U.S. stocks finished near the highs of the day Wednesday, as investors digested comments from Federal Reserve chairman Ben Bernanke and cheered strong corporate results from big companies including Apple and Boeing.
All three major indexes rallied right out of the gate, on the back of stronger-than-expected financial results, but pulled back slightly leading up to Bernanke's news conference.
The indexes regained momentum after the Fed chief said that the central bank remains "entirely prepared to take additional balance sheet actions...should the economy require additional support."
But the Fed was also more positive with its outlook, boosting its economic growth projection for the year and lowering its unemployment rate target.
"The Fed sounded a bit more upbeat on the economy than I was expecting," said Frank Fantozzi, CEO and President of Planned Financial Services. "It doesn't have evidence to take any further stimulus action, and wants the economy to keep healing and improving on its own. But it also reserves the right to step in if the economy stalls or reverses course."
The Dow Jones industrial average rose 89 points, or 0.7%, with a 5.3% jump in shares of Boeing leading the gains. The aerospace and defense company reported earnings that trounced Wall Street's expectations. Caterpillar was the biggest loser on the blue-chip index, after it reported revenue that fell short of forecasts.
The S&P 500 gained 19 points, or 1.4%, and the Nasdaq added 68 points, or 2.3%.
Apple's nearly 9% pop made it one of the biggest gainers on both indexes Wednesday. The world's most valuable company reported that its net income nearly doubled, on much stronger-than-expected iPhone sales.
Apple shares had been struggling ahead of its quarterly results, losing nearly 12% over an 11-day stretch. But Wednesday's rally helped push the stock back above $600 a share, and just 5% away from its all-time high.
"Apple's earnings are certainly having a big impact," said Dave Hinnenkamp, CEO of KDV Wealth Management. "Apple is a bellwether for the technology industry, and investors are influenced by positive reports from market leaders."
Shares of companies that make chips or accessories for iPhones also rode the good-news wave, including Cirrus Logic, Skyworks Solutions and Triquint. ARM and Qualcomm, two semiconductor companies, also gained traction.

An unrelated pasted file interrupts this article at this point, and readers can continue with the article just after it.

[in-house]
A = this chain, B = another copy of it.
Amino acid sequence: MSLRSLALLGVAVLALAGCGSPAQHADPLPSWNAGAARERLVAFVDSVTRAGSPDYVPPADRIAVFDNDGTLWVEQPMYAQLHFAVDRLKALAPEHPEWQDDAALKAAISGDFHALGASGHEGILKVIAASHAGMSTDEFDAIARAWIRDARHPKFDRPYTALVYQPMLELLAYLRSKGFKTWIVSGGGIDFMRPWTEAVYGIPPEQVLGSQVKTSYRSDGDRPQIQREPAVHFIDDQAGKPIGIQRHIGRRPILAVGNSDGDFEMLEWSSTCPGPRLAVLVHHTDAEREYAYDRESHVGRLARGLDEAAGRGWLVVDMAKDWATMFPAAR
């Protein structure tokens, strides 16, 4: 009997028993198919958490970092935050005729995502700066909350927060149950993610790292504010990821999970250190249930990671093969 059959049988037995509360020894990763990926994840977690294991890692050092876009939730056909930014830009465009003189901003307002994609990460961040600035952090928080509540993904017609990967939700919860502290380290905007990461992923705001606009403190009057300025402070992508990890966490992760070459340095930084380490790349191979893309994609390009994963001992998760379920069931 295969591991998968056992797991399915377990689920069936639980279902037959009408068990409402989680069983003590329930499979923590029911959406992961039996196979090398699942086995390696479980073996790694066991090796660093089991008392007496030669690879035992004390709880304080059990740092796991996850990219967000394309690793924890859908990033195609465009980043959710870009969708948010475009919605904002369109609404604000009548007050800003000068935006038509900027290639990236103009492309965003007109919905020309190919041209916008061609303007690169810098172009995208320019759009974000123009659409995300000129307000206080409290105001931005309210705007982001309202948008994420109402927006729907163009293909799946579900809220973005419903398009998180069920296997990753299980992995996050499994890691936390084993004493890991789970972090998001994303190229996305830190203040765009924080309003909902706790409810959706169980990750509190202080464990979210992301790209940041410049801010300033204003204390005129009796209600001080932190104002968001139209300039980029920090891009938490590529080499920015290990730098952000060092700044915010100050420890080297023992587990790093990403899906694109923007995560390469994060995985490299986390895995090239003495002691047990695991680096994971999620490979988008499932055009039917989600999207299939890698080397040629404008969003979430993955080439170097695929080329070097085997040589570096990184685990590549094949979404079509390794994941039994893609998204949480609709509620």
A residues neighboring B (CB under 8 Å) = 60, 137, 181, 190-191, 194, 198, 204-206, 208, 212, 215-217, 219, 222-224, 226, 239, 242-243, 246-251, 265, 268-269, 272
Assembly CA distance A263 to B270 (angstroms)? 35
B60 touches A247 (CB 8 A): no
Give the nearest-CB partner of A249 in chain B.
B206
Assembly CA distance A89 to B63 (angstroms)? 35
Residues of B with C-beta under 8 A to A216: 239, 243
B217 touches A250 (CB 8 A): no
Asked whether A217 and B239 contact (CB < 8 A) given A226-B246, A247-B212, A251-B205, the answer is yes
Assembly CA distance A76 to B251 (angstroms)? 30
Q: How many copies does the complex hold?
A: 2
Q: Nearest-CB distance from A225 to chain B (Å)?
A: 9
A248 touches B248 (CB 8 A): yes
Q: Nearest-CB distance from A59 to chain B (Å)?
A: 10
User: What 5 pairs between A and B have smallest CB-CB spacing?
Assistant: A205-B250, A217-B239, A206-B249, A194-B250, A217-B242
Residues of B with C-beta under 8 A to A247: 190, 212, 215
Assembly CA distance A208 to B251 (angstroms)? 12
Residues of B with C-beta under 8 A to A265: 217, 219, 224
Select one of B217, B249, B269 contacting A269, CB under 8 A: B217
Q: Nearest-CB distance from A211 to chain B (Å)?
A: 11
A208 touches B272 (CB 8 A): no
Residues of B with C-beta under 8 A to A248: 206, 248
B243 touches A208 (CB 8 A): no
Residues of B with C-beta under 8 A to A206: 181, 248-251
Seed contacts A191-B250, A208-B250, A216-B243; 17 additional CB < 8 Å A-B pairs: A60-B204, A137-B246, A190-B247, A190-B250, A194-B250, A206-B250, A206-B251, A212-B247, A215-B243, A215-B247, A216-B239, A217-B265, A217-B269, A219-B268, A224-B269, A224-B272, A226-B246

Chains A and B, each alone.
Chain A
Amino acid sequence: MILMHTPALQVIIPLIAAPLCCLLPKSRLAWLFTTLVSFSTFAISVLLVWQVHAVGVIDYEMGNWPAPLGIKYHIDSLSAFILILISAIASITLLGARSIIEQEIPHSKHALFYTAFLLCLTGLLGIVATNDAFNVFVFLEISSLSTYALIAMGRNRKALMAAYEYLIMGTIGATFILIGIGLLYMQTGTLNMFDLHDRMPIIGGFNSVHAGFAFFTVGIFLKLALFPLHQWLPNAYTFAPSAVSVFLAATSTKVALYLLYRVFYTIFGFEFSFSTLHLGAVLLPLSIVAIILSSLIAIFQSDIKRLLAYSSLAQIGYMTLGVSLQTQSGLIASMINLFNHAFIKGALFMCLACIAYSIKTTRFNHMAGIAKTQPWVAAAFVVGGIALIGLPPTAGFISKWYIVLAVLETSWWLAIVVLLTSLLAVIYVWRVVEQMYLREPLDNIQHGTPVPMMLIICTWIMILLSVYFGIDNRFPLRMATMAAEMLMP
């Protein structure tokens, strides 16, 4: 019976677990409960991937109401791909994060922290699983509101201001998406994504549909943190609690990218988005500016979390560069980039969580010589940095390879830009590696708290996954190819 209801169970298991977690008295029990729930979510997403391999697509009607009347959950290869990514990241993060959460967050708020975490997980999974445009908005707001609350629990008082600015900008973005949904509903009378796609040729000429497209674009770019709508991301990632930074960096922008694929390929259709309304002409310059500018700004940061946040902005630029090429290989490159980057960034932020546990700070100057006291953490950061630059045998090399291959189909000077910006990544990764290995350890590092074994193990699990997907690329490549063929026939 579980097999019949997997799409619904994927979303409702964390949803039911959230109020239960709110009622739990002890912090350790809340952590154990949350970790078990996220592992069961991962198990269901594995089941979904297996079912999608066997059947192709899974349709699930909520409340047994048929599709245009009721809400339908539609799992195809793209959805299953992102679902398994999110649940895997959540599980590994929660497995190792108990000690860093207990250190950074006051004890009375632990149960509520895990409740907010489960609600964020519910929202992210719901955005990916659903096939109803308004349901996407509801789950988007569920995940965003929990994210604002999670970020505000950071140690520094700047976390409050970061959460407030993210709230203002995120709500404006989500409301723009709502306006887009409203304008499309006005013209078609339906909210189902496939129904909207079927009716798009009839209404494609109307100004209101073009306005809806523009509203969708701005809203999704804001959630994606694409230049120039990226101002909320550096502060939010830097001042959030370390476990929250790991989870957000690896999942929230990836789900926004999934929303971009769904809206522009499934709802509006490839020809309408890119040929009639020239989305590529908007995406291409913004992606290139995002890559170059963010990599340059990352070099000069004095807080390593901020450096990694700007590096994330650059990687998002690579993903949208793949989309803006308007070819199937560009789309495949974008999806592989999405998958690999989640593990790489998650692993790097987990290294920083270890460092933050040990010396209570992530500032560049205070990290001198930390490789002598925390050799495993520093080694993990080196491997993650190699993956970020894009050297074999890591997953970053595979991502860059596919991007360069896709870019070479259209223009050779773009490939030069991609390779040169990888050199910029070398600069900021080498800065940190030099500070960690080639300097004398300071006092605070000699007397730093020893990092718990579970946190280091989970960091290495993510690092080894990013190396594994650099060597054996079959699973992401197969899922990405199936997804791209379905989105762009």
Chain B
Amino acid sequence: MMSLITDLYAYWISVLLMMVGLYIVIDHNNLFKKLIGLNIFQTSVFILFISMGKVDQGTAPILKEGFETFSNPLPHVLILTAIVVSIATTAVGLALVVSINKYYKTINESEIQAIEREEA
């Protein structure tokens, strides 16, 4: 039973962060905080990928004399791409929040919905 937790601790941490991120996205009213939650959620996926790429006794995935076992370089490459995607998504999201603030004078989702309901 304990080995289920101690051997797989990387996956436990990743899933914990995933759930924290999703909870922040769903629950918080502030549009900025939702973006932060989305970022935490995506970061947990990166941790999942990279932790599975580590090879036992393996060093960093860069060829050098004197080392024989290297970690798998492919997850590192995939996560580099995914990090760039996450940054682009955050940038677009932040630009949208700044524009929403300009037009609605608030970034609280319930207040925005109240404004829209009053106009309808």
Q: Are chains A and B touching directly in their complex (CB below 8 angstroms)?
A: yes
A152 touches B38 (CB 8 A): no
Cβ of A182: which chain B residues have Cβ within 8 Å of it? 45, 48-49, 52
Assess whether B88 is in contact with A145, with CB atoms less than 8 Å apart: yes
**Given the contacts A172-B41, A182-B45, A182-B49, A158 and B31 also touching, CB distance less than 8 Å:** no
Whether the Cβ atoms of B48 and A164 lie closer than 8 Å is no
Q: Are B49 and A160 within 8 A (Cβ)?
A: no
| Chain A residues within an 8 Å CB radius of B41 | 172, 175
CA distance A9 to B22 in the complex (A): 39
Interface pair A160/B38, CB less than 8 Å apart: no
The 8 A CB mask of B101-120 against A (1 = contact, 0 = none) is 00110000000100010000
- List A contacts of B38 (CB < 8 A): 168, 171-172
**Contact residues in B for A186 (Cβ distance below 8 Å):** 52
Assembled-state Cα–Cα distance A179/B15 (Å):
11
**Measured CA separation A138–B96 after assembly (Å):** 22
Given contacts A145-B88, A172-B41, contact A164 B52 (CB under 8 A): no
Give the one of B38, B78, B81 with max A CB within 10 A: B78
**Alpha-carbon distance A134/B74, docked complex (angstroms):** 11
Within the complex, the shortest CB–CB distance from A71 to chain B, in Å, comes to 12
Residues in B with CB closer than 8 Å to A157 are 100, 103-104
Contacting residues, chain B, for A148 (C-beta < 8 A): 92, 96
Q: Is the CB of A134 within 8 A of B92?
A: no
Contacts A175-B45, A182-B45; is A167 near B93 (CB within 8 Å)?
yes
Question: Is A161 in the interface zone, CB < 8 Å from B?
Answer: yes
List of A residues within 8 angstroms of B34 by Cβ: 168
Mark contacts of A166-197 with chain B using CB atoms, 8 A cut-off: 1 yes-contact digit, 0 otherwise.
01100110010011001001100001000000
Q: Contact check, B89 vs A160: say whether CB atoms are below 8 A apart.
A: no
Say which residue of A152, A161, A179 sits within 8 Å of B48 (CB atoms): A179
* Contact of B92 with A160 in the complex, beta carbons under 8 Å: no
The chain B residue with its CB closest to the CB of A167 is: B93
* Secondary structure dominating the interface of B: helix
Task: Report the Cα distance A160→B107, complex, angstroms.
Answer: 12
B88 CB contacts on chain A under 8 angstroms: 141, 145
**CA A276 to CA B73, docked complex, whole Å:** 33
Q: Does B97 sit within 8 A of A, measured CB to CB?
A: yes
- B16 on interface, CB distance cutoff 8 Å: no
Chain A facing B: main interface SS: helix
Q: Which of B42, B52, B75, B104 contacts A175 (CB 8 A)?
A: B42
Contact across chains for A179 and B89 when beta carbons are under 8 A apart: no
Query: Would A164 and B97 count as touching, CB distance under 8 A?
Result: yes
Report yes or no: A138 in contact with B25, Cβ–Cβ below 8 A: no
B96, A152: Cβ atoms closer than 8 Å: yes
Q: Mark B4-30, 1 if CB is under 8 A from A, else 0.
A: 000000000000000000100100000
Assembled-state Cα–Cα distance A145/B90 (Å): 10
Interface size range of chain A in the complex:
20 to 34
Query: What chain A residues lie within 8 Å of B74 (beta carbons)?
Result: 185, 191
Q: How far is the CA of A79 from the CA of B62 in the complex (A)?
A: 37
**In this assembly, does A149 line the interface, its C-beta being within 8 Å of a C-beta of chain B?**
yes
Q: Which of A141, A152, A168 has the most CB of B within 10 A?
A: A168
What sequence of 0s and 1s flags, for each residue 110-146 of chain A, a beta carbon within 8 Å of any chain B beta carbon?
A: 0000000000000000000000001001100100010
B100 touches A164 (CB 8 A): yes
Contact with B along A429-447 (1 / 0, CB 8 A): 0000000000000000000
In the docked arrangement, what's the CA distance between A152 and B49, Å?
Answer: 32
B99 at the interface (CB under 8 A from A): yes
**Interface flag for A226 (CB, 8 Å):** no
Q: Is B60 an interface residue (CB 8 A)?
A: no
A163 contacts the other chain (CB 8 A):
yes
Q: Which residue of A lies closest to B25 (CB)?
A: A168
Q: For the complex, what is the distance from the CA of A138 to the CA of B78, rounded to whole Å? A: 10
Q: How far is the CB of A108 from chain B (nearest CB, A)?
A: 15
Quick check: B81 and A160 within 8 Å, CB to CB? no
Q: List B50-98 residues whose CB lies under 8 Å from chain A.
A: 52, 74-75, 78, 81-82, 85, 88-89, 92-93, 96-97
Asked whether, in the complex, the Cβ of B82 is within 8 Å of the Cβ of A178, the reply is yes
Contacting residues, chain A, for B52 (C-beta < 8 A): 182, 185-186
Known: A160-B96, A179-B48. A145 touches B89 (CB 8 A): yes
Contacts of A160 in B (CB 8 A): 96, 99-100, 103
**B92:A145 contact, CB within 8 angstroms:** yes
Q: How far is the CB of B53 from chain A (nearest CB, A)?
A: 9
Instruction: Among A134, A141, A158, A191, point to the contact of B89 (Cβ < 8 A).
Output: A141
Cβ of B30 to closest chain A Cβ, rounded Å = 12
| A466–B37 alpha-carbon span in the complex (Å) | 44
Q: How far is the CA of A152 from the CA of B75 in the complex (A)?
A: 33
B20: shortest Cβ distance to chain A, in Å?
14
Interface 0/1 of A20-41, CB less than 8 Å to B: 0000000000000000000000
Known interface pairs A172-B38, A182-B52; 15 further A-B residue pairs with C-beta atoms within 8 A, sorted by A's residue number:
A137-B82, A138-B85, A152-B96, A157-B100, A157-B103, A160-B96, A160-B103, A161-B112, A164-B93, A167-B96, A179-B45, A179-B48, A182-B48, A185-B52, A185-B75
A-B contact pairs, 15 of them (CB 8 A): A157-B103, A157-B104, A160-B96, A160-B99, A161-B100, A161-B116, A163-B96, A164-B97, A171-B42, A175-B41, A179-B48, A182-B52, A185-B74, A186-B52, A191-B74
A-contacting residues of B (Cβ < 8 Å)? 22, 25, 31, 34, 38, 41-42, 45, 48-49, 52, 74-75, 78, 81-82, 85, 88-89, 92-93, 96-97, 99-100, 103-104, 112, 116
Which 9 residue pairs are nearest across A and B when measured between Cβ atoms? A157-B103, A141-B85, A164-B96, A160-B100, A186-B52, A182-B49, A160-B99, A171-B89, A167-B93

Shares of Omnivision, which makes camera sensors for the iPhone, jumped, while Zagg, a popular maker of iPhone accessories like cases and screen protectors, also rallied.
U.S. stocks finished mixed Tuesday. Better-than-expected earnings boosted the Dow and S&P, while Netflix weighed down the Nasdaq.
Economy: The Fed also left its key interest rate unchanged near zero and reiterated that low rates are likely to remain through late 2014.
The central bank also expects the economy to grow between 2.4% and 2.9% in 2012, which would be an improvement over 1.7% growth last year. The Fed also revised its forecasts for the labor market, predicting the unemployment rate will fall to between 7.8% and 8% by the end of the year.
Before the market open, the Commerce Department's durable goods report came in weaker than expected, with new orders for big-ticket items falling 4.2% -- worse than the 1.7% drop forecast by economists surveyed by Briefing.com.
New orders for nondefense capital goods, excluding aircraft, fell 8.9%. That reading in the report is taken as a barometer of business investment.
The Mortgage Bankers Association also reported a 3.8% decline in new mortgage applications for last week, despite the exceptionally low rates on home loans.
Companies: In addition to Apple and Boeing, Wednesday also brought more strong corporate results for investors to consider, including telecom giant Sprint Nextel, health insurer Wellpoint, and glass-maker and tech supplier Corning.
Sprint shares were slightly lower even after the wireless provider posted a loss that was narrower than forecasts. Wellpoint's were higher than expected, while Corning, whose Gorilla glass is used in Apple's iPhones and iPads, also topped expectations.
Harley-Davidson shares jumped after the motorcycle maker boosted its full-year production forecast.
DuPont shares rose after the company boosted its dividend by 5%.
Shares of Tyson Foods, one of the biggest U.S. beef processors, dipped slightly after at least one major South Korean retailer suspended the sale of U.S. beef Wednesday, one day after after authorities confirmed a case of "mad cow disease" in the carcass of a dairy cow in central California. But Korean authorities have not halted imports of U.S. beef. South Korea is the No. 2 importer of U.S. beef.
World markets: European stocks finished higher, despite a reading on gross domestic product in the United Kingdom that indicated Britain has fallen back into recession. London's FTSE 100 edged up 0.1%, while the DAX in Germany added 1.6% and France's CAC 40 gained 2.2%.
Germany's auction of €3 billion worth of 30-year bonds was under-subscribed Wednesday morning, with only €2.7 billion in bids being received. That sent yields on the German debt higher.